Cancer revolution is possible with more flexible FDA 

Last week at a meeting of the American Society of Clinical Oncology, ASCO President George Sledge painted a hopeful, but also challenging, picture about new genomic technologies for fighting cancer.

These technologies can unravel the genetic mechanisms driving the disease and point the way to new strategies to overcome cancer-drug resistance.

Sledge’s enthusiasm was balanced by realism: Revolutionary progress against cancer will depend not so much on the technology we use, as on our ability to rethink old paradigms for drug development and FDA drug approval.

Cancer is a disease defined by uncontrolled cell growth that occurs when the body’s normal mechanisms for correcting or preventing genetic mutations fail.

Once a cell accumulates enough mutations for uncontrolled growth and metastasis, it spreads throughout the body like a virus. And like a virus, it can mutate to evade the very drugs that are designed to kill it.
New genetic-sequencing tools have helped researchers understand that many different genetic pathways can drive tumor growth. These pathways can even change over time, as tumors continue to mutate.

This means that finding a single “magic bullet” to kill many types of metastatic solid tumors is extraordinarily unlikely. Traditional chemotherapy can kill some vulnerable cells, but it leaves others to develop resistance or grow using different pathways altogether.

As Dr. Sledge put it, attacking cancer will require not a “magic bullet” but a “magic shotgun,” where multiple drugs attacking multiple cancer-causing pathways are given to patients at the same time.

The key challenge will be matching cocktails to the particular tumor mutations of particular patients.
The good news is that with the rapidly falling cost of genome sequencing, it may soon be possible for cancer patients to have their tumors tested to identify the key mutations driving their disease and then (hopefully) match them with drug cocktails designed to shut them down.

The problem is that regulators have traditionally insisted that companies test one drug at a time, and they won’t allow a drug to be sold unless it can prove it “works” on its own.

This flies in the face of what science is telling us about cancer biology: not only will it require cocktail treatments for maximum effect, but it’s even possible that a drug that’s useless on its own could turn out to be a critical component in a cocktail. The FDA has issued interim guidance for companies testing drugs in combination, but more work needs to be done.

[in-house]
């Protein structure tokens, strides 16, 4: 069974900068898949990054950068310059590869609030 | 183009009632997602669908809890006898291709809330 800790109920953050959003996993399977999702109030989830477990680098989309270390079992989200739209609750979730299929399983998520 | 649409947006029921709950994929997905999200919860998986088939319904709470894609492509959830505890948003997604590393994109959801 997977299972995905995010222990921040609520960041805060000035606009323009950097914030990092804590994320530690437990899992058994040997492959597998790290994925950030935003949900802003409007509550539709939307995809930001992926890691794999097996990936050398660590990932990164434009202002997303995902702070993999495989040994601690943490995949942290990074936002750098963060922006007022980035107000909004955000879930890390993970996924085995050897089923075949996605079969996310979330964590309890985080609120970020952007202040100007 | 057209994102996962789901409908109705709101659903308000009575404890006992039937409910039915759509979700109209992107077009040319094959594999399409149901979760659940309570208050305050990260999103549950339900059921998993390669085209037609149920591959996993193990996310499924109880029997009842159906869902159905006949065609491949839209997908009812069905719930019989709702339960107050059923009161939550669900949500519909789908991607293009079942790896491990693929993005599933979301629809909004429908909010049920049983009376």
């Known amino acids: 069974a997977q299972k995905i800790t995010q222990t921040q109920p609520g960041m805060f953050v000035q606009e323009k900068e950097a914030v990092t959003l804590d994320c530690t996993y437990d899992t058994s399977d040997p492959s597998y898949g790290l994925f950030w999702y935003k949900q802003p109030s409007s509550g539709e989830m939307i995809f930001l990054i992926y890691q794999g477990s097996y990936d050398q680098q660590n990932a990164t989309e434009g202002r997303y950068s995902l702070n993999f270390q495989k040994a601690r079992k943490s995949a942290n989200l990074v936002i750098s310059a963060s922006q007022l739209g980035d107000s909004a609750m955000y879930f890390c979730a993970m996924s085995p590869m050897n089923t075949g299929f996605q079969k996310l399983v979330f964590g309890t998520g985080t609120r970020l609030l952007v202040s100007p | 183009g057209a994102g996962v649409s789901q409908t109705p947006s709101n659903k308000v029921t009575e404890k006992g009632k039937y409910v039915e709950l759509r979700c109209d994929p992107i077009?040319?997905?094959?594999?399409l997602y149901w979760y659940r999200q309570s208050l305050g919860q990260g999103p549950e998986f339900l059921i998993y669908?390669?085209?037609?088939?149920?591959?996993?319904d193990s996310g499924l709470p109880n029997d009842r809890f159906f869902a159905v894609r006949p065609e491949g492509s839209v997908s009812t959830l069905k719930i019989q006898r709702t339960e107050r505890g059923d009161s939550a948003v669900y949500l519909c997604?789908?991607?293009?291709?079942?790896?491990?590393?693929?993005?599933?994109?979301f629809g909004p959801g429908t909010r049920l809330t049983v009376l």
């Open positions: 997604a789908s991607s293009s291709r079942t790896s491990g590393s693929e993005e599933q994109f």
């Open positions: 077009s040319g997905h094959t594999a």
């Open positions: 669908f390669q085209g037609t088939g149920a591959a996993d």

Another problem: Companies have been hesitant to share information about drugs in development that might be used in a prospective cocktail with a competitor’s product.

Concerns about patent protection, lack of standardized biomarkers for measuring a drug’s effect on specific pathways, and the complexity of designing drug trials testing multiple potential cocktails simultaneously have all slowed progress.

Overcoming these obstacles will require a new paradigm for drug discovery and approval, and new diagnostics that empower individual patients and their physicians to learn about their cancers and quickly find drugs to treat them.

Regulators must shift from their traditional role of approving drugs to validating new diagnostic tools (like biomarkers) that allow physicians and patients to personalize new treatments “on the fly,” rather than after years of laborious research.

Companies will have to find innovative ways of sharing data that suggest which drugs work best in combination. And oncologists will have to embrace electronic health records that allow researchers to analyze genomic tumor data and drive new drug development.

Cancer research is revealing that “genomic chaos” — the rapid ability of tumors to mutate —  underlies the ability of cancer cells to evade traditional treatment approaches.

Reaching the full promise of personalized medicine to tame cancer will require a reinvention of drug development and drug approval that transforms this “chaos” into usable, life-saving information.

Paul Howard is senior fellow and director of the Manhattan Institute’s Center for Medical Progress, as well as the managing editor of Medical Progress Today, a Web magazine.

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